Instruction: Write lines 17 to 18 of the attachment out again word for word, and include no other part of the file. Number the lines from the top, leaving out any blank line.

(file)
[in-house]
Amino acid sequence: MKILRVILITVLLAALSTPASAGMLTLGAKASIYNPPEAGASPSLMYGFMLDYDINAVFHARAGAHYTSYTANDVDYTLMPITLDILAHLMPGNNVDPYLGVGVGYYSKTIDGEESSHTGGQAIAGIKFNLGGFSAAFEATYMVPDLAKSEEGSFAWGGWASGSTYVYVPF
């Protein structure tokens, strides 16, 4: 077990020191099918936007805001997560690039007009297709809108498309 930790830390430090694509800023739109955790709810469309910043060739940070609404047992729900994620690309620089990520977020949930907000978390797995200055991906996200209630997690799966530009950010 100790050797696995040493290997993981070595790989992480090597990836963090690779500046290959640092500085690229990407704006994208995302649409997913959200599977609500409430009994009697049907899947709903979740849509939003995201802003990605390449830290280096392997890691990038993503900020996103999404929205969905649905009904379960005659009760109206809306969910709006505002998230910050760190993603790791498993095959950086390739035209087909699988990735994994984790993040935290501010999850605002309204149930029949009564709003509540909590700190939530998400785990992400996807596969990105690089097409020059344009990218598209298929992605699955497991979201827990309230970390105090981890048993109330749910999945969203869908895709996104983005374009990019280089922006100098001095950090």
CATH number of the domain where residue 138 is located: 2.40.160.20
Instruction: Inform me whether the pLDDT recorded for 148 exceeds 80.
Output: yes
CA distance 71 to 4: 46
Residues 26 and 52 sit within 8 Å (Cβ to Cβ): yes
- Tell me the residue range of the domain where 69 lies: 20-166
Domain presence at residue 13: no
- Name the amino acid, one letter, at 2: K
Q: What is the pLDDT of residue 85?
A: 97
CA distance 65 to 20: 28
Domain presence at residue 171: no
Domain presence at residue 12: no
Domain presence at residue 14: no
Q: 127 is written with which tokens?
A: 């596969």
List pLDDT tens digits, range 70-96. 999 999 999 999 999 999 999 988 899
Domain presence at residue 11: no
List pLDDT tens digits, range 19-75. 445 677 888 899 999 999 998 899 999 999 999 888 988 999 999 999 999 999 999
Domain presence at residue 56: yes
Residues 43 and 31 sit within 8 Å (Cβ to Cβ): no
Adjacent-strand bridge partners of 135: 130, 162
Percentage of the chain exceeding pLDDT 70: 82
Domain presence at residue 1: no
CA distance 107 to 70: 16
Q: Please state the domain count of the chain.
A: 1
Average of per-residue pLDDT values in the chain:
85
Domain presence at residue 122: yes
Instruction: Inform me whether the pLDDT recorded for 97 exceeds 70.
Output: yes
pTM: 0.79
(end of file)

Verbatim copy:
Domain presence at residue 14: no
Q: 127 is written with which tokens?